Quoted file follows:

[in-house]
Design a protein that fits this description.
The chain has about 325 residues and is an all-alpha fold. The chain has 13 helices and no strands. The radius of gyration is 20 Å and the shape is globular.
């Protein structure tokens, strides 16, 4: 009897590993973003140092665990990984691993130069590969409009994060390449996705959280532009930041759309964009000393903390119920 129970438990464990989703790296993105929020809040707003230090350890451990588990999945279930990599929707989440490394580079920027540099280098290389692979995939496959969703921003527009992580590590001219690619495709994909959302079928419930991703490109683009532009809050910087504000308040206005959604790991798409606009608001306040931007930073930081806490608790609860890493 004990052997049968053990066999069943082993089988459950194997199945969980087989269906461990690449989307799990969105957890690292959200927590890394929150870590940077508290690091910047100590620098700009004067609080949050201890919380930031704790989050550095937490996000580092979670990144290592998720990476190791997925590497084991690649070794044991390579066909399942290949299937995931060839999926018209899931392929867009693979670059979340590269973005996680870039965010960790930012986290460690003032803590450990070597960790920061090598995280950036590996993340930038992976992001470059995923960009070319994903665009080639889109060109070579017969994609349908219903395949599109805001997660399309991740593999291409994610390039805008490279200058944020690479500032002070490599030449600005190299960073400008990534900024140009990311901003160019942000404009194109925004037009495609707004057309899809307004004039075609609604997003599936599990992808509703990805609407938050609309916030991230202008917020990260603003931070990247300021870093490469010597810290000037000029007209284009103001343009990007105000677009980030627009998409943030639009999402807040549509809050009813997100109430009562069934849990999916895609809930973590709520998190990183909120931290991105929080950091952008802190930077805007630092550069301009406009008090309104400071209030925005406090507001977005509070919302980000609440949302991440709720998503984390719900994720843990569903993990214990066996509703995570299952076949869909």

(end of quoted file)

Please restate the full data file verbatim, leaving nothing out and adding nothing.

[in-house]
Design a protein that fits this description.
The chain has about 325 residues and is an all-alpha fold. The chain has 13 helices and no strands. The radius of gyration is 20 Å and the shape is globular.
């Protein structure tokens, strides 16, 4: 009897590993973003140092665990990984691993130069590969409009994060390449996705959280532009930041759309964009000393903390119920 129970438990464990989703790296993105929020809040707003230090350890451990588990999945279930990599929707989440490394580079920027540099280098290389692979995939496959969703921003527009992580590590001219690619495709994909959302079928419930991703490109683009532009809050910087504000308040206005959604790991798409606009608001306040931007930073930081806490608790609860890493 004990052997049968053990066999069943082993089988459950194997199945969980087989269906461990690449989307799990969105957890690292959200927590890394929150870590940077508290690091910047100590620098700009004067609080949050201890919380930031704790989050550095937490996000580092979670990144290592998720990476190791997925590497084991690649070794044991390579066909399942290949299937995931060839999926018209899931392929867009693979670059979340590269973005996680870039965010960790930012986290460690003032803590450990070597960790920061090598995280950036590996993340930038992976992001470059995923960009070319994903665009080639889109060109070579017969994609349908219903395949599109805001997660399309991740593999291409994610390039805008490279200058944020690479500032002070490599030449600005190299960073400008990534900024140009990311901003160019942000404009194109925004037009495609707004057309899809307004004039075609609604997003599936599990992808509703990805609407938050609309916030991230202008917020990260603003931070990247300021870093490469010597810290000037000029007209284009103001343009990007105000677009980030627009998409943030639009999402807040549509809050009813997100109430009562069934849990999916895609809930973590709520998190990183909120931290991105929080950091952008802190930077805007630092550069301009406009008090309104400071209030925005406090507001977005509070919302980000609440949302991440709720998503984390719900994720843990569903993990214990066996509703995570299952076949869909």